the first recorded death of a driver 18 months later - the number of vehicles on the roads has
Increasing number of vehicles
According to the Department for Transport (DfT), in 1930 there were only 2.3 million motor
vehicles in Great Britain, but more than 7,000 people were killed in road accidents. In contrast
nowadays there are more vehicles but fewer deaths - there are 27 million vehicles and 3,180
people were killed in the 12 months to March this year, provisional results show.
The DfT is meeting its 10-year safety target of cutting the number of road accident deaths and
injuries to 40% of the 1994-98 average - 319,928 casualties. Five years into the policy, the
statistics show casualties are 33% below the earlier average. In actual numbers, 268,900
people were either injured or killed in the 12 months to this March.
But are Britain's roads really becoming safer? The statistics paint a confusing picture
Many road accidents, where there are slight injuries or even more severe ones, bypass police
records. This could be because some of the people involved in accidents do not want to tell the
police because they are uninsured, unlicensed, or drunk, says head of road safety at the AA
Motoring Trust, Andrew Howard. But even if injuries are reported, it does not mean the police
will record them. The severity of the injury will also be under-estimated, research in the 1990s
"The combined effect of under-reporting, under-recording and misclassification suggests that
there may be 2.76 times as many killed or seriously injured casualties than are recorded in the
national casualty figures and 1.70 times as many slight casualties," the DfT says.
In June, three Oxford University researchers queried the figures after comparing them to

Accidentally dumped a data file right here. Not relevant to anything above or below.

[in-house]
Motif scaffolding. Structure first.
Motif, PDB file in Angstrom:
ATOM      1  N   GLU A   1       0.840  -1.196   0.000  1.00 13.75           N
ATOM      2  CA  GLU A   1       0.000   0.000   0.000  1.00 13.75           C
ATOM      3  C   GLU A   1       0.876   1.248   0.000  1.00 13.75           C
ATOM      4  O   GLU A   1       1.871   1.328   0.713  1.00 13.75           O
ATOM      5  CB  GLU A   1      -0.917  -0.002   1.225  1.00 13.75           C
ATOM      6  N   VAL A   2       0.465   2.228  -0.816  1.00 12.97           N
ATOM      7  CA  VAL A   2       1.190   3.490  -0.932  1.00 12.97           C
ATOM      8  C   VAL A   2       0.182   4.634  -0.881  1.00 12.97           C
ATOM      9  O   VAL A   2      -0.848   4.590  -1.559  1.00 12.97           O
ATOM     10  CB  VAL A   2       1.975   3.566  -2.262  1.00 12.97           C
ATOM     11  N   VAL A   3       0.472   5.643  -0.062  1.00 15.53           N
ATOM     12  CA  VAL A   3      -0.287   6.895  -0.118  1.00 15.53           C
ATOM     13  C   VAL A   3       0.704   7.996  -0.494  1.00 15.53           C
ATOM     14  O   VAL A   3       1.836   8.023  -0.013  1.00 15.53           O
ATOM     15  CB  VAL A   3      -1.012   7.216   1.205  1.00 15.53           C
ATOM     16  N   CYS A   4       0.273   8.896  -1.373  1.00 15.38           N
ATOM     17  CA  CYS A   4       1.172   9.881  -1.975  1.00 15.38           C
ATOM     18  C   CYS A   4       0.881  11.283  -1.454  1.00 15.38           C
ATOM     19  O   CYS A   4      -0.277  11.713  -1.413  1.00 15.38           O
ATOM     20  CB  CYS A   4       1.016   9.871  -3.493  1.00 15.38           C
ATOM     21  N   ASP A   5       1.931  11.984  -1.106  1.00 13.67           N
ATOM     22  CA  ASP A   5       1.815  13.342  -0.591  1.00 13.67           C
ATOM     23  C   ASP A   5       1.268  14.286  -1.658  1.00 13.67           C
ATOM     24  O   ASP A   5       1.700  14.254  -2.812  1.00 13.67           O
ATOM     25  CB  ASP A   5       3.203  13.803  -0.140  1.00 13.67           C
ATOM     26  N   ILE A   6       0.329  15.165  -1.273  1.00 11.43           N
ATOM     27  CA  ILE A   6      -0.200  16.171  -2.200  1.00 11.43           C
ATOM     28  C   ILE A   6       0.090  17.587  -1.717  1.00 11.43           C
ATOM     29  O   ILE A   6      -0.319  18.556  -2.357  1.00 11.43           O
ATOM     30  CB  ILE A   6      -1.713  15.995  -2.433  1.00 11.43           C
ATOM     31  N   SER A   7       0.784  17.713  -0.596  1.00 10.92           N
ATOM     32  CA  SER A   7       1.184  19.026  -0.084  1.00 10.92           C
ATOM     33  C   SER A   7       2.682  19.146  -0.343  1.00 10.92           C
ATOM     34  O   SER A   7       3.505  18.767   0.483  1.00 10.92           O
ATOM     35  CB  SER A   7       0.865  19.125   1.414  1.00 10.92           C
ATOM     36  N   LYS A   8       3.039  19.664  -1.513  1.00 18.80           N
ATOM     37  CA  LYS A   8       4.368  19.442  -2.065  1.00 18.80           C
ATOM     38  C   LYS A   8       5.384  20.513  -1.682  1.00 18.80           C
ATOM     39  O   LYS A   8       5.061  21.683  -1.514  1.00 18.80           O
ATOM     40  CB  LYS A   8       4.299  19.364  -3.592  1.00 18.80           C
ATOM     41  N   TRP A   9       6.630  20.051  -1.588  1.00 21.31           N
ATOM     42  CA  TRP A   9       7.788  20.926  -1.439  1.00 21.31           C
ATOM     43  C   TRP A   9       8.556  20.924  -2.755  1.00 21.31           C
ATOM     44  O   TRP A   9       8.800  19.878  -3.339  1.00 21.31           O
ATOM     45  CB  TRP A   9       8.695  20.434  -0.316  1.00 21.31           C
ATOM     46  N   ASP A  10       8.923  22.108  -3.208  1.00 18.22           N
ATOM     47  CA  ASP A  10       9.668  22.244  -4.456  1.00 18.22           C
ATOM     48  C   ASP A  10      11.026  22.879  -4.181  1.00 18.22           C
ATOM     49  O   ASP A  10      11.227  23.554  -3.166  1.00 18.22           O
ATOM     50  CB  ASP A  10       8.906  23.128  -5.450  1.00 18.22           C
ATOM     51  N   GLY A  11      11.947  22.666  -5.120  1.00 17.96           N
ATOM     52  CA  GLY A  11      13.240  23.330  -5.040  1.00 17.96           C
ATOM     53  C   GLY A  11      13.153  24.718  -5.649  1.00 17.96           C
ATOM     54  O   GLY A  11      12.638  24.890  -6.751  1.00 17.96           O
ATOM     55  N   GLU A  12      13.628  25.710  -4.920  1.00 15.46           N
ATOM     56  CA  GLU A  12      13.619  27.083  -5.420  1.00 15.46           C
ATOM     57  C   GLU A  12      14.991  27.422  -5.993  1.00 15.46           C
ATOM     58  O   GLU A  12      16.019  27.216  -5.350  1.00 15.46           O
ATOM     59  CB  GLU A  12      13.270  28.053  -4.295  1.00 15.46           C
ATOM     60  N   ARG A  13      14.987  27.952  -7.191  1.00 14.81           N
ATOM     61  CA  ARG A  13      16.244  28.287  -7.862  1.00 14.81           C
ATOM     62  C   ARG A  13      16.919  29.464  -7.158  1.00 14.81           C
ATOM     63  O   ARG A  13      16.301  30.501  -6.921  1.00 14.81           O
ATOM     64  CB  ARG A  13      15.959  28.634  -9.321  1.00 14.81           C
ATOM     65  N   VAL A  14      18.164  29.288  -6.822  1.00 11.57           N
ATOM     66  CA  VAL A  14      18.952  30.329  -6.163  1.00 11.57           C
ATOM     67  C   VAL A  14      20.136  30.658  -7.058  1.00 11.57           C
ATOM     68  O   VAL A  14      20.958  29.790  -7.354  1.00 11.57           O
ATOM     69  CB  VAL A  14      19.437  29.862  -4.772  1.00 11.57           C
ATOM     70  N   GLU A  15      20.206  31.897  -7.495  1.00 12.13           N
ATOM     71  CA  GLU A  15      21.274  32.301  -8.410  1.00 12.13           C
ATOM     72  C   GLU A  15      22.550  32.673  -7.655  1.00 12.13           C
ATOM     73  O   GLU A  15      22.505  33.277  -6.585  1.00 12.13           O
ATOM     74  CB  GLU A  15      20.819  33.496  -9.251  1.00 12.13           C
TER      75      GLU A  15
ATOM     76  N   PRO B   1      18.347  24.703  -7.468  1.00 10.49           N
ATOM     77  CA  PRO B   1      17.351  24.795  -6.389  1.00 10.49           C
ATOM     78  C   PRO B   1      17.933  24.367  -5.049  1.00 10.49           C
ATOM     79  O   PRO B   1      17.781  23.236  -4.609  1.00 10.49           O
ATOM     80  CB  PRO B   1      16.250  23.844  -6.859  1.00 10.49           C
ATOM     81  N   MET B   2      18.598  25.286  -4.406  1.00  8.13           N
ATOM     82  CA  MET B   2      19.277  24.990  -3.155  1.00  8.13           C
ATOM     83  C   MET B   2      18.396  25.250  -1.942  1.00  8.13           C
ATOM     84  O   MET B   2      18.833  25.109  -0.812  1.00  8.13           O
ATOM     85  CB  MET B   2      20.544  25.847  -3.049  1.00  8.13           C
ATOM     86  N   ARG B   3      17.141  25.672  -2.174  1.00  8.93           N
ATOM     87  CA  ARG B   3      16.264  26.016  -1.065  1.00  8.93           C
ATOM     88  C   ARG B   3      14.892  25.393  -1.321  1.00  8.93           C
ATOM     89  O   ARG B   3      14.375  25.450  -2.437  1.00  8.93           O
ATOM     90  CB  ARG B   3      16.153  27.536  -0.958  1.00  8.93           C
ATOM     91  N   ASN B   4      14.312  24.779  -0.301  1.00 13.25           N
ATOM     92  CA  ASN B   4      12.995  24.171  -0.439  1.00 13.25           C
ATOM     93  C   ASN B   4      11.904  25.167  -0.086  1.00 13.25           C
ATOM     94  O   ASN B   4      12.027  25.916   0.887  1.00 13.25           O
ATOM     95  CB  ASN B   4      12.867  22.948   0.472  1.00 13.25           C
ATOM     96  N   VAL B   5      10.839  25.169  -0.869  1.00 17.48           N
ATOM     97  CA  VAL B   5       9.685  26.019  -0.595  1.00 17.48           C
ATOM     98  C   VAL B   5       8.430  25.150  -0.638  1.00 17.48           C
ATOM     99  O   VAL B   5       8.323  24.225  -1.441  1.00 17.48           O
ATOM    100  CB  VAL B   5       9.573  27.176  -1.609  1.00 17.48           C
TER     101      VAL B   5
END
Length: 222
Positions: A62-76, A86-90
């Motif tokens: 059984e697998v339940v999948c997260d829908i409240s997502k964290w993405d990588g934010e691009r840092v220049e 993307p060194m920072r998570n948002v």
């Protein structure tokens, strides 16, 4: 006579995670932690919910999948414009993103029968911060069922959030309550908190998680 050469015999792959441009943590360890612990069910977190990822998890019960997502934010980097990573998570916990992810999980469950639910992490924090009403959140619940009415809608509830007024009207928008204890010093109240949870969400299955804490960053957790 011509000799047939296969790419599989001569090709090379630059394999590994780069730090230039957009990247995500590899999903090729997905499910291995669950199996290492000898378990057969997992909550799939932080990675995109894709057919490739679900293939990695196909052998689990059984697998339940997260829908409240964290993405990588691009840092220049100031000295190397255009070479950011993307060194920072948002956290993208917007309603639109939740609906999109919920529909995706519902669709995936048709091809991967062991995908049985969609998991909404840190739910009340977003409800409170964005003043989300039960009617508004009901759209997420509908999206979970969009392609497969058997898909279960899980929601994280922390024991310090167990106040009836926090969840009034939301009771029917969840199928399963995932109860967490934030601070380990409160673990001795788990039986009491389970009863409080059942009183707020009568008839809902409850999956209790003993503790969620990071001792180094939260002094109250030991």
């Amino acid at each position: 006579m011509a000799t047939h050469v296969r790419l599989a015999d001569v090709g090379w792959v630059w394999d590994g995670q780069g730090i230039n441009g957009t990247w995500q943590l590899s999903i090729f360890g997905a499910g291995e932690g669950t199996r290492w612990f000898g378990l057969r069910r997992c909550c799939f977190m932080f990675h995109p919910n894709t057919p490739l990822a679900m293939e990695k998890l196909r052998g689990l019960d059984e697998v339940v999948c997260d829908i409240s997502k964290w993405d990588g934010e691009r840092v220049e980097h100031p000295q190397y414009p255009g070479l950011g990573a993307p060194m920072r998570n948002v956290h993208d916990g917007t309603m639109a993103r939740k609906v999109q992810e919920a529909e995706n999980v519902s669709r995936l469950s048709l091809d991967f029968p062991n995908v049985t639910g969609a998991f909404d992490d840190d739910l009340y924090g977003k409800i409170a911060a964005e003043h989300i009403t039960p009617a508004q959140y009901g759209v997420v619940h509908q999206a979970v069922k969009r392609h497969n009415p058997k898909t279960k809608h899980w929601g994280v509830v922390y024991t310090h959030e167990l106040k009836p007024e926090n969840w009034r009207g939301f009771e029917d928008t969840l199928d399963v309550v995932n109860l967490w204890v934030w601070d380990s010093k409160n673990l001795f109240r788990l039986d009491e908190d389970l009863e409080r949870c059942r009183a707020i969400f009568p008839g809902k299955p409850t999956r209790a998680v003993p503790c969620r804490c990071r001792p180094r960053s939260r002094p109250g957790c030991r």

hospital admissions from road accidents. The DfT statistics, from the police and including all
hospital admissions, showed a fall from 85.9 people killed or seriously injured per 100,000 in
1996 to 59.4 per 100,000 in 2004. However, hospital admissions were almost unchanged at 90
per 100,000 in 1996 and 91.1 in 2004. They said the disparity was probably due to under-
reporting and/or fewer minor injuries.
Statistical 'utopia'
Paul Smith, from Safe Speed, said: "For every 100 accidents reported, there's 180 that aren't
reported." Cars are safer, paramedics better trained, there are more air ambulances and roads
have improved, said Mr Smith. The only factor that has not changed is drivers who "are getting
worse" in his opinion. He urged the department to focus on educating drivers about their
responsibilities, rather than just getting them to drive slower.
But Mr Howard, from the AA Motoring Trust, is encouraged by the statistics: "My view, and I
would say this is true of most of those involved in road safety, is that the statistics do show the
roads are getting safer."

© UCLES 2012
32 By what factor is the reported annual number of deaths per vehicle on the road higher or lower
at the time of the above report than it was in 1930?

A 0.04 times as much

B 0.4 times as much

C 1.2 times as much

D 2.2 times as much

E 25 times as much

33 There is disagreement in the article about whether roads are becoming more or less safe. In
addition to the reasons given in the text, which one of the following, if true, would strengthen the
case for roads becoming safer?

A The police do not record accidents where no injuries are sustained.

B Cars have become stronger, reducing the chances of injury in an accident.

C The proportion of accidents reported has fallen.

D Hospital reporting of road accidents has become more accurate.

E Hospitals have become better at saving the lives of severe trauma victims.

34 The second section refers to a DfT 10 year target. To the nearest 1000, what is the DfT's target?

A 102,000

B 108,000

C 128,000

D 161,000

E 192,000

35 Which one of the following could explain the discrepancy between the DfT statistics and hospital
admissions for deaths and serious injuries on the road?

The DfT collection method must underestimate the number of deaths and serious

B The roads are not getting safer.

C Fewer people are being admitted to hospital for minor injuries.

D There has been a decrease in less serious injuries.

E The police include accident injuries which do not involve hospitalisation.

© UCLES 2012 [Turn over



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© UCLES 2012